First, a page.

The Chevrolet Master and Master Deluxe are American passenger vehicles manufactured by Chevrolet between 1933 and 1942 to replace the 1933 Master Eagle. It was the more expensive model in the Chevrolet range at this time, with the Standard Mercury providing an affordable product between 1933 and 1937. Starting with this generation, all GM cars shared a corporate appearance as a result of the Art and Color Section headed by Harley Earl. From 1940 a more expensive version based on the Master Deluxe was launched called the Special Deluxe. This was the last Chevrolet that was exported to Japan in knock down kits and assembled at the company's factory in Osaka, Japan before the factory was appropriated by the Imperial Japanese Government. When Toyota decided to develop their own sedan called the Toyota AA, a locally manufactured Master was disassembled and examined to determine how Toyota should engineer their own cars. In May of 1925 the Chevrolet Export Boxing plant at Bloomfield, New Jersey was repurposed from a previous owner where Knock-down kits for Chevrolet, Pontiac, Oldsmobile, Buick and Cadillac passenger cars, and both Chevrolet and G. M. C. truck parts are crated and shipped by railroad to the docks at Weehawken, New Jersey for overseas GM assembly factories.
The Oldsmobile Six, also known as the Model 53, 54 and 55 (1913-1915) then a brief cancellation until it reappeared as the Model 37, 37A and 37B (1917-1921) was a top level sedan along with the Oldsmobile Series 40 junior vehicle produced by GM's Oldsmobile Division and was manufactured at Lansing Car Assembly in Lansing, Michigan. It replaced the Series 28 also known as the "Oldsmobile Autocrat" and was replaced by the Oldsmobile Model 30 in 1927, and shared wheelbases with the Buick Six.It continued to use the T-head engine for two years. The various bodystyles were supplied by Fisher Body of Detroit, MI. It competed with the Chevrolet Series C Classic Six as Chevrolet was an independent company before becoming a division in 1917. Oldsmobile also shared technology with GMC for commercial and industrial products.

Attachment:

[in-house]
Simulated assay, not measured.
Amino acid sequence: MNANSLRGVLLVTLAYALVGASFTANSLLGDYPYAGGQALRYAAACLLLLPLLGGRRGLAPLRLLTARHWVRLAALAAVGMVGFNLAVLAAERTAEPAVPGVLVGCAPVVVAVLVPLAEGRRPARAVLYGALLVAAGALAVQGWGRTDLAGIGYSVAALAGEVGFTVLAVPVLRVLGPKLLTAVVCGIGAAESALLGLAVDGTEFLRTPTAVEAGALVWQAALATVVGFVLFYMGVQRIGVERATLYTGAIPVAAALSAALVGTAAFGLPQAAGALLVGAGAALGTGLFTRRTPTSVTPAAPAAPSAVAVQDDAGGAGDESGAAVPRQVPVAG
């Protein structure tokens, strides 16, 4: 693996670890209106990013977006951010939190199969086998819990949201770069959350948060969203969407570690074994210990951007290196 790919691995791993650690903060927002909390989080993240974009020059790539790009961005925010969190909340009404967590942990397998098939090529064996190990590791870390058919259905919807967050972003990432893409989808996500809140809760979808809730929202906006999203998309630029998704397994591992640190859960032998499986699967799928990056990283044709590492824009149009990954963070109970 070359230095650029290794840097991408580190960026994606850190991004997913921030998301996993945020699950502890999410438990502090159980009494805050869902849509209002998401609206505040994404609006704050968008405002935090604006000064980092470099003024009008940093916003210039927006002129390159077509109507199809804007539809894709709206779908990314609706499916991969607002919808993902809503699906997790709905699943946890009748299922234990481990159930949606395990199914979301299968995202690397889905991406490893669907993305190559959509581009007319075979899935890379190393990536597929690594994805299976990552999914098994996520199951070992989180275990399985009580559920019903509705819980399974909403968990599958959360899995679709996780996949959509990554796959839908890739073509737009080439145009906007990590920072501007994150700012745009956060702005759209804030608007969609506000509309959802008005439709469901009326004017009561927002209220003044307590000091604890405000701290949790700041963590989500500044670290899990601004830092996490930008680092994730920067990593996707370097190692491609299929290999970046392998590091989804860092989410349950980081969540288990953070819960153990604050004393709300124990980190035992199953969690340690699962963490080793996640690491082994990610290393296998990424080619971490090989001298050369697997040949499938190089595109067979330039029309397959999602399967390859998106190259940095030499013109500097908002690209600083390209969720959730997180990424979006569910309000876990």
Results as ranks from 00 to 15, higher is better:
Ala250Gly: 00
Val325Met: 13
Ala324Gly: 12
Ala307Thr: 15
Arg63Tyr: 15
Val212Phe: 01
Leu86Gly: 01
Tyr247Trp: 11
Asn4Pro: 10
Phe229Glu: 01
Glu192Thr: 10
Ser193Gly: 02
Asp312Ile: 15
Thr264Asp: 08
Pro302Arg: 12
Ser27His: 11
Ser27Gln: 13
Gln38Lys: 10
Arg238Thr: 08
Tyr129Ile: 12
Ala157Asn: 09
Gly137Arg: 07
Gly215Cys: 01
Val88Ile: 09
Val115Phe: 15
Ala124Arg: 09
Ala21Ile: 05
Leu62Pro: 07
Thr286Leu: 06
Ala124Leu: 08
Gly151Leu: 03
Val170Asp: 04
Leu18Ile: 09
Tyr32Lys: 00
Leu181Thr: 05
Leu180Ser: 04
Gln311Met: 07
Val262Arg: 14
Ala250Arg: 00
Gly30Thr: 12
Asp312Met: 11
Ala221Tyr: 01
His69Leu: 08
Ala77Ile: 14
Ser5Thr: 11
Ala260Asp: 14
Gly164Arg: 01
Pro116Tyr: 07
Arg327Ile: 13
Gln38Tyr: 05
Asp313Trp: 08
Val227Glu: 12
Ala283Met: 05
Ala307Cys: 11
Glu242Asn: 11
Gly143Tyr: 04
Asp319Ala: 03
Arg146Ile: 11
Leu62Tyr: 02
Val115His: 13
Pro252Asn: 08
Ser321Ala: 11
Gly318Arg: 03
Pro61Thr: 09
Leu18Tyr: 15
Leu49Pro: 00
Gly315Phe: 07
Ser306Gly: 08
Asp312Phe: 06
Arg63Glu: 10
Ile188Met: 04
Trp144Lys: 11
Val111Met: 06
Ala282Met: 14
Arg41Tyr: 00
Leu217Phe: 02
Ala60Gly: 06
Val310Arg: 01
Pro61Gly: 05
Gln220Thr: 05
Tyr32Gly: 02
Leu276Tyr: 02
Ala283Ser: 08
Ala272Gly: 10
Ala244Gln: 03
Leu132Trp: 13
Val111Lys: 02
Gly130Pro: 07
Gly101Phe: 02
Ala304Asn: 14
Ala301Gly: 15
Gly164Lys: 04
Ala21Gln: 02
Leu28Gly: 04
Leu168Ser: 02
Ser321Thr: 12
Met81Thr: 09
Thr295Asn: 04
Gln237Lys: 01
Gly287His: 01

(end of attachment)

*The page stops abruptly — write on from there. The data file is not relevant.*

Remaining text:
The Oldsmobile F-Series was built from the 1928 through 1938. The first generation continued the tradition of adding a series number for each model year; F-28, F-29, F-30 and F-31. The second generation, signified by a completely new bodystyle appearance was built from 1932 through 1938, all having been manufactured in Lansing, Michigan. 1926 saw the introduction of GM's most recognized business model, the use of common platforms shared amongst the brands. Oldsmobile and Buick shared the GM B platform. The F-Series was shared with the Buick Master Six and was also known as the Oldsmobile Six which was introduced as a name earlier in 1913. The F-Series was Oldsmobile's entry-level product using the Oldsmobile straight-6 engine, while the Oldsmobile L-Series, with a Oldsmobile Straight-8 engine, was the top level vehicle. It replaced the Oldsmobile Model 30 introduced in 1923, and was replaced by the Oldsmobile Series 60 and Oldsmobile Series 70 introduced in 1938. It was exported to Japan as a knock down kit and assembled at Osaka Assembly in Osaka, Japan
|Wikimedia Commons has media related to Chevrolet Standard Mercury .|
|car||Series 490||Superior & Series M (1923)||AA||AB||AC||AD||AE||BA||Standard Mercury||Standard||Master||Master 85||Master 85||WW2|
|Series H||F||FA||FB||Master Eagle||Master||Master Deluxe||Master Deluxe||Master Deluxe||Master Deluxe||Stylemaster||Special|
|Series L Light Six||Special Deluxe||Special Deluxe||Fleetmaster||Deluxe|
|Series C Classic Six||Series D||Fleetline||Fleetline||Fleetline|